Digital blocks are traditionally performed by physicians, physician assistants, and nurse practitioners. Procedures manuals emphasize that digital blocks are usually performed by a physician or an advanced practice nurse. In our community hospital, emergency nurses have performed digital blocks according to protocol for the past 30 years without known complications or diminished patient satisfaction. The goal of this study was to validate the effectiveness, safety, and patient satisfaction of emergency nurse–administered digital block.Methods:
Retrospective and prospective study designs were used. The retrospective arm included telephone interviews of patients who received a digital block between January 2011 and April 2012. The response rate for the retrospective survey was 23% (n = 30). The prospective arm included telephone interviews of patients who received a digital block between May 2012 and October 2012. The response rate for the prospective survey was 71.7% (n = 53). Descriptive statistics and qualitative content analysis were used in the data analysis.Results:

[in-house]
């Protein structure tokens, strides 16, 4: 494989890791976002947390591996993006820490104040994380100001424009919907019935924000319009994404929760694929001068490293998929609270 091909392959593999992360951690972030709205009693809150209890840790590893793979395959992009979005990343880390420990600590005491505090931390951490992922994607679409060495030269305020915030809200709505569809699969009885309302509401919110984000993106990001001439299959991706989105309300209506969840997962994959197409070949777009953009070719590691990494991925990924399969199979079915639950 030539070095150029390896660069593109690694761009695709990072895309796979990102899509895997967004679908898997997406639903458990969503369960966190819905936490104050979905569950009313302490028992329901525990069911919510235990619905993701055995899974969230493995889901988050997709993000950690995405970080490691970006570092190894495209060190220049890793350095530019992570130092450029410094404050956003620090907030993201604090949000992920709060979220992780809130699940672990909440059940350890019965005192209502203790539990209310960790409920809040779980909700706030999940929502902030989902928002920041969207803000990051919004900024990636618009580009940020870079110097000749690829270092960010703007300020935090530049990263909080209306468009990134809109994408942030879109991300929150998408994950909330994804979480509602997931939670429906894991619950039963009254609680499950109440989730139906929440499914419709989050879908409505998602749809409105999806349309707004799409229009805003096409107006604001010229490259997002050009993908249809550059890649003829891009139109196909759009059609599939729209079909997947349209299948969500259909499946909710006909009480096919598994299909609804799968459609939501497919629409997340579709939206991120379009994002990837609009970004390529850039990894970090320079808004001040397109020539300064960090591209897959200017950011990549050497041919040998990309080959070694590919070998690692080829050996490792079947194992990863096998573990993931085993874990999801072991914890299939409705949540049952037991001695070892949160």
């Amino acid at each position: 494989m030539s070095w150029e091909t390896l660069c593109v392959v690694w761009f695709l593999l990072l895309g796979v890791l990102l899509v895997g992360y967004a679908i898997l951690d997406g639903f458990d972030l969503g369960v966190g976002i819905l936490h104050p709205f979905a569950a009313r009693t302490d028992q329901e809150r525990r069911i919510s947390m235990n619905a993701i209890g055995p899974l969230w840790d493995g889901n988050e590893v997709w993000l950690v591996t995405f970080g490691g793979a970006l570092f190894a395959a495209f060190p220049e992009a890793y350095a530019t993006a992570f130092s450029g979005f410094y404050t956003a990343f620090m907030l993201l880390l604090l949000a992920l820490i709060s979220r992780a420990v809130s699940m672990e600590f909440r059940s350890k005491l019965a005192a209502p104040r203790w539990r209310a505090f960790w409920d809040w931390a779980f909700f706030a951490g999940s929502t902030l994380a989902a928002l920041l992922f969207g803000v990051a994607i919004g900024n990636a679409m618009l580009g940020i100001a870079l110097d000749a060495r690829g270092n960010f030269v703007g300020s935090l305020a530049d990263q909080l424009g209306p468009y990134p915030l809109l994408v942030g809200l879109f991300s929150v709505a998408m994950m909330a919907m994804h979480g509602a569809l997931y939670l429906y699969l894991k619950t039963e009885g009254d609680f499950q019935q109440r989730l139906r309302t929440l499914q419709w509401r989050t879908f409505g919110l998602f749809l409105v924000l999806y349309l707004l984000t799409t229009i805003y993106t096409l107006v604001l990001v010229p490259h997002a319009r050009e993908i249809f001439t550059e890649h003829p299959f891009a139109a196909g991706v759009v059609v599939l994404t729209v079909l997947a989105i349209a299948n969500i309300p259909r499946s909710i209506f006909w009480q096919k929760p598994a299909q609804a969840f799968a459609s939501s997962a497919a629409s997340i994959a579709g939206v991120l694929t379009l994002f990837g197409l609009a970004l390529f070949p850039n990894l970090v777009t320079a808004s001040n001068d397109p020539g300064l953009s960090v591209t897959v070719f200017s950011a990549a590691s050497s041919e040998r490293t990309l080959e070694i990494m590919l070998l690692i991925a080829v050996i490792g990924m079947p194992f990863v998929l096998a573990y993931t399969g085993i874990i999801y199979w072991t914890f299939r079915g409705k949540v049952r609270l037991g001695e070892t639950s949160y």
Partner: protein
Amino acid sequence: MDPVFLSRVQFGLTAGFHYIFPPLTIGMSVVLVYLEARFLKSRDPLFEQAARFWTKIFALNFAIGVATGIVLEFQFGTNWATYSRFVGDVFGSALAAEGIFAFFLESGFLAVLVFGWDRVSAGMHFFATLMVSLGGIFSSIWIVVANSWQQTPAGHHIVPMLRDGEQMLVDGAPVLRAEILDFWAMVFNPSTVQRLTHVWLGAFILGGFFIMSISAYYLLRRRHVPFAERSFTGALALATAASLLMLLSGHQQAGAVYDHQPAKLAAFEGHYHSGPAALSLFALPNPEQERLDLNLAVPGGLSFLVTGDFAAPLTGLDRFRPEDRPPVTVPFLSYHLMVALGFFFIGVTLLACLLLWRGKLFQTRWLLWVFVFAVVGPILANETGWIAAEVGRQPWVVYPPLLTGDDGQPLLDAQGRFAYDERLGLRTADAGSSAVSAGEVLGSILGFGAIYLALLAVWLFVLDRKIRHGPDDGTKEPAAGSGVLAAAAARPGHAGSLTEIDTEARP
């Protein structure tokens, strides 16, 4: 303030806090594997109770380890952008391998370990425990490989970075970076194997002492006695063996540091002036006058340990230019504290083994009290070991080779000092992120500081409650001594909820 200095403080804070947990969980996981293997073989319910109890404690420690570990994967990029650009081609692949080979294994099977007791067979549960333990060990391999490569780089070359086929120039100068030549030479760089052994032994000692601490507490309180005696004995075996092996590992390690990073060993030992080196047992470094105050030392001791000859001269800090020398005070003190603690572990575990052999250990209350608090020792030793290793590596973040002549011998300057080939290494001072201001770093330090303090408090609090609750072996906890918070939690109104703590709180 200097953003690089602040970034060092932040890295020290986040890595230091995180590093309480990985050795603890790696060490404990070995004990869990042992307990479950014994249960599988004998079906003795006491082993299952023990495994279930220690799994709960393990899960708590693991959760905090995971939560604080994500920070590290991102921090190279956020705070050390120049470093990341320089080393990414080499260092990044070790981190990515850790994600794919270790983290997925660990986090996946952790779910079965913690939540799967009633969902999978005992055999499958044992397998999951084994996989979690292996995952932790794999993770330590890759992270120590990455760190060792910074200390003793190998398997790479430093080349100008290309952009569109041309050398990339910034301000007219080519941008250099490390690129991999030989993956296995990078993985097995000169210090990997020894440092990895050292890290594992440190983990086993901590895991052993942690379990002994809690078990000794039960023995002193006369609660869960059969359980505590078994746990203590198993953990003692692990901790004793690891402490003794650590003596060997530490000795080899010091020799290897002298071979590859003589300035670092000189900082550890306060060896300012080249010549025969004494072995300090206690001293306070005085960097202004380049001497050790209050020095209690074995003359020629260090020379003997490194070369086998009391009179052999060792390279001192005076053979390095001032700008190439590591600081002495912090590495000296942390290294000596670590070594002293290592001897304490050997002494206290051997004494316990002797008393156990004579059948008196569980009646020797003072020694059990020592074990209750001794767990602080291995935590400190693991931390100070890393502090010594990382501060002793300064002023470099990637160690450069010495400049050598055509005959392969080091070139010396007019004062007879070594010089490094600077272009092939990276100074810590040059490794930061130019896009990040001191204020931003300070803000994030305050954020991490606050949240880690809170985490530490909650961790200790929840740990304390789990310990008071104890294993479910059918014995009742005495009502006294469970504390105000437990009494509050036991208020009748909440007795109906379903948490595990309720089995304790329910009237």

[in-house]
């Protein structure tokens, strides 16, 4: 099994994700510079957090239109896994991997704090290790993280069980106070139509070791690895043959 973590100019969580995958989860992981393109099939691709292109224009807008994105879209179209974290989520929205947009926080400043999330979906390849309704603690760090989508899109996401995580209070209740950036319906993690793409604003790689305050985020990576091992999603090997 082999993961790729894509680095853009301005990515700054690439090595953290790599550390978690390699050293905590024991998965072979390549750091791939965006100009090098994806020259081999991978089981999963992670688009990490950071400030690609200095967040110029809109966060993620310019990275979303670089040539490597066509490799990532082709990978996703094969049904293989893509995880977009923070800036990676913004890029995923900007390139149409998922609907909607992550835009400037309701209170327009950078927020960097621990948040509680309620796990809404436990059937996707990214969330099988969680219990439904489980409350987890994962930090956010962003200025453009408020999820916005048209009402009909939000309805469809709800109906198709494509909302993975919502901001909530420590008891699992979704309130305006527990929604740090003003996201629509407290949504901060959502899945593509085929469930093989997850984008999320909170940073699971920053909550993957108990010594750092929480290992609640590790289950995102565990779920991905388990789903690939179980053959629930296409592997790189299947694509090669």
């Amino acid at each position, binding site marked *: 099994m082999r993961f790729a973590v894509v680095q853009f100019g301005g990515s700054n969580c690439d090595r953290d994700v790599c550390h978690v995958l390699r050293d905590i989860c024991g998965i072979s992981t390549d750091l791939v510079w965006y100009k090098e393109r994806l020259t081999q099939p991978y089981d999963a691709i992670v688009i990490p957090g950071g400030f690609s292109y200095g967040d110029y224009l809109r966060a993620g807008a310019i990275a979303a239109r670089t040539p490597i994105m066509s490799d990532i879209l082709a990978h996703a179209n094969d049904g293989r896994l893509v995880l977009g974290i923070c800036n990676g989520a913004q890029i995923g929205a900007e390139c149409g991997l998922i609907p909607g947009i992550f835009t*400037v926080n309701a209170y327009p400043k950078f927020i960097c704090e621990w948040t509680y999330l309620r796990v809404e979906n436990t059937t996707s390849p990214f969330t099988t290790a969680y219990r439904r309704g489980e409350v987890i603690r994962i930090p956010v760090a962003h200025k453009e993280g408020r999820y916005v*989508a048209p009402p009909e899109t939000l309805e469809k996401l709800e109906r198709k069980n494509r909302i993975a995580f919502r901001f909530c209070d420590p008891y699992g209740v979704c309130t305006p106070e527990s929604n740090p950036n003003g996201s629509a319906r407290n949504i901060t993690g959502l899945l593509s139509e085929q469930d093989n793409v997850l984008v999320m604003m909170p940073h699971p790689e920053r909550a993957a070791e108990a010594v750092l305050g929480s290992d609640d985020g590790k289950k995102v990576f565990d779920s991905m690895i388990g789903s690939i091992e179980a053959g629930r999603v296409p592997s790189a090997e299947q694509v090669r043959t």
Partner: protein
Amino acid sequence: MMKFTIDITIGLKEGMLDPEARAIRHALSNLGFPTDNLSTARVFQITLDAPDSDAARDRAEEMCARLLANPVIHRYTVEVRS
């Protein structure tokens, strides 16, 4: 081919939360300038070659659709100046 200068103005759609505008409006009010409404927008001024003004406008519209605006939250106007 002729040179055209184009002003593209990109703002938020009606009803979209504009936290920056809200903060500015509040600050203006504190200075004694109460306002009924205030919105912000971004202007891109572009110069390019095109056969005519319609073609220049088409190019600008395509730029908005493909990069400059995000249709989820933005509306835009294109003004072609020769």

Patients who received emergency nurse–administered digital blocks rated effectiveness using the pain scale (a 0 to10 scale, with 10 being the most painful), with the following results: 74.3% reported no pain; 10.5% reported a pain level of 1 out of 10; 7.9% reported a pain level of 2 out of 10; 2.6% reported a pain level of 3 out of 10; and 2.6% reported a pain level of 4 out of 10. Safety was measured by reported complications; 5.2% of patients reported the complication of persistent numbness over 24 hours that eventually resolved. The patient satisfaction rate was 92.1%; patients who reported a score of 7 out of 10 or better (on a scale of 0 to10, with 10 being highly satisfied) were classified as satisfied.Discussion:
Emergency nurse–administered digital blocks were found to be effective and safe and contributed to a high level of patient satisfaction.